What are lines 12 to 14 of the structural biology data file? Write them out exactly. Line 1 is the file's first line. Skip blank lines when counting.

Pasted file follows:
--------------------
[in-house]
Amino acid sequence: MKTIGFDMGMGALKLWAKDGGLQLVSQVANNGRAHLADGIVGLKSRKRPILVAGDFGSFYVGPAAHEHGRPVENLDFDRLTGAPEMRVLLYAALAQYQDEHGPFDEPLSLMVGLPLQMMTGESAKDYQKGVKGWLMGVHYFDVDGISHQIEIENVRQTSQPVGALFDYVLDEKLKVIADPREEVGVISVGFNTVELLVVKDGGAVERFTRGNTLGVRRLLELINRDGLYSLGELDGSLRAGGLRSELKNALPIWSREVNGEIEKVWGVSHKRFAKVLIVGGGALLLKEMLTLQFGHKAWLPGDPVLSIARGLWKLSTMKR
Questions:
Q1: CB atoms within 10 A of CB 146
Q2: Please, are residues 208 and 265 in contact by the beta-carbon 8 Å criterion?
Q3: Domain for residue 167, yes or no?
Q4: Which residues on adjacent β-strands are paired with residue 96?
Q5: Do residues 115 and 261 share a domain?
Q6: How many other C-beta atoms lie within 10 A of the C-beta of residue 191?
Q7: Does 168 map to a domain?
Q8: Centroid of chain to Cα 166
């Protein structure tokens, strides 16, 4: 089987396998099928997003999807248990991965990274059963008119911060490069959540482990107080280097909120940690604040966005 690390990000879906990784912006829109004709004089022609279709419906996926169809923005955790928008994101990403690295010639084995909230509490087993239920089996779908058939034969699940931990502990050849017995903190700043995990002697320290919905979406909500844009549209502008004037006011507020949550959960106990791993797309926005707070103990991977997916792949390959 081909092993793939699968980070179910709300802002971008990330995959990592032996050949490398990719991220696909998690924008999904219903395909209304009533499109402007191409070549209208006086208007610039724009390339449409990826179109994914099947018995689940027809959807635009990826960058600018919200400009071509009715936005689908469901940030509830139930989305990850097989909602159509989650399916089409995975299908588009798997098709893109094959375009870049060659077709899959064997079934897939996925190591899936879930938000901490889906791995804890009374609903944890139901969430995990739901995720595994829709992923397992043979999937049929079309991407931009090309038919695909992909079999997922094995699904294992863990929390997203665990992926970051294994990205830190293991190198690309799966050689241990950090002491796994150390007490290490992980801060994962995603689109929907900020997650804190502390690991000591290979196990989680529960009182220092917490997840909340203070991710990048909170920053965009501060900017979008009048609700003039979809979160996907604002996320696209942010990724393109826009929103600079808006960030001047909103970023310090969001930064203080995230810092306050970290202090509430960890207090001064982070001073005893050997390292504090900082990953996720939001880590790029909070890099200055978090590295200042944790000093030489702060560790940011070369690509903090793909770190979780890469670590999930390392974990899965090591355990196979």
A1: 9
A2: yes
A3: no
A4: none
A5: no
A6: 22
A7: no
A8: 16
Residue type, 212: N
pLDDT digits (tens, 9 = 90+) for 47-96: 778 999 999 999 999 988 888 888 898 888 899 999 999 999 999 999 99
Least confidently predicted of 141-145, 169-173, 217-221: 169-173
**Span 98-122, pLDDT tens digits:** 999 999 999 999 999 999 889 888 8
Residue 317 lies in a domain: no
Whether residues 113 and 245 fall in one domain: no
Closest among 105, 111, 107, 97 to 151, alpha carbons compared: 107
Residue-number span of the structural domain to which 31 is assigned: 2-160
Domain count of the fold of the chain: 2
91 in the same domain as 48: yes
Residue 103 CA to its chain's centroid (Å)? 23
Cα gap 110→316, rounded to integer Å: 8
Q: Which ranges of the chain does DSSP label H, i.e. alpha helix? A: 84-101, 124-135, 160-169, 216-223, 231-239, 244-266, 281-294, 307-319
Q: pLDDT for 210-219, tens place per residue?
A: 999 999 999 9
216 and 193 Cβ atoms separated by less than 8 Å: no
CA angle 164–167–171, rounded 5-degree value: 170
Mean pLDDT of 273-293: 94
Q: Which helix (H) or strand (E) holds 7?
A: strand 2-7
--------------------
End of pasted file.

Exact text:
């Protein structure tokens, strides 16, 4: 089987396998099928997003999807248990991965990274059963008119911060490069959540482990107080280097909120940690604040966005 690390990000879906990784912006829109004709004089022609279709419906996926169809923005955790928008994101990403690295010639084995909230509490087993239920089996779908058939034969699940931990502990050849017995903190700043995990002697320290919905979406909500844009549209502008004037006011507020949550959960106990791993797309926005707070103990991977997916792949390959 081909092993793939699968980070179910709300802002971008990330995959990592032996050949490398990719991220696909998690924008999904219903395909209304009533499109402007191409070549209208006086208007610039724009390339449409990826179109994914099947018995689940027809959807635009990826960058600018919200400009071509009715936005689908469901940030509830139930989305990850097989909602159509989650399916089409995975299908588009798997098709893109094959375009870049060659077709899959064997079934897939996925190591899936879930938000901490889906791995804890009374609903944890139901969430995990739901995720595994829709992923397992043979999937049929079309991407931009090309038919695909992909079999997922094995699904294992863990929390997203665990992926970051294994990205830190293991190198690309799966050689241990950090002491796994150390007490290490992980801060994962995603689109929907900020997650804190502390690991000591290979196990989680529960009182220092917490997840909340203070991710990048909170920053965009501060900017979008009048609700003039979809979160996907604002996320696209942010990724393109826009929103600079808006960030001047909103970023310090969001930064203080995230810092306050970290202090509430960890207090001064982070001073005893050997390292504090900082990953996720939001880590790029909070890099200055978090590295200042944790000093030489702060560790940011070369690509903090793909770190979780890469670590999930390392974990899965090591355990196979």
A1: 9
A2: yes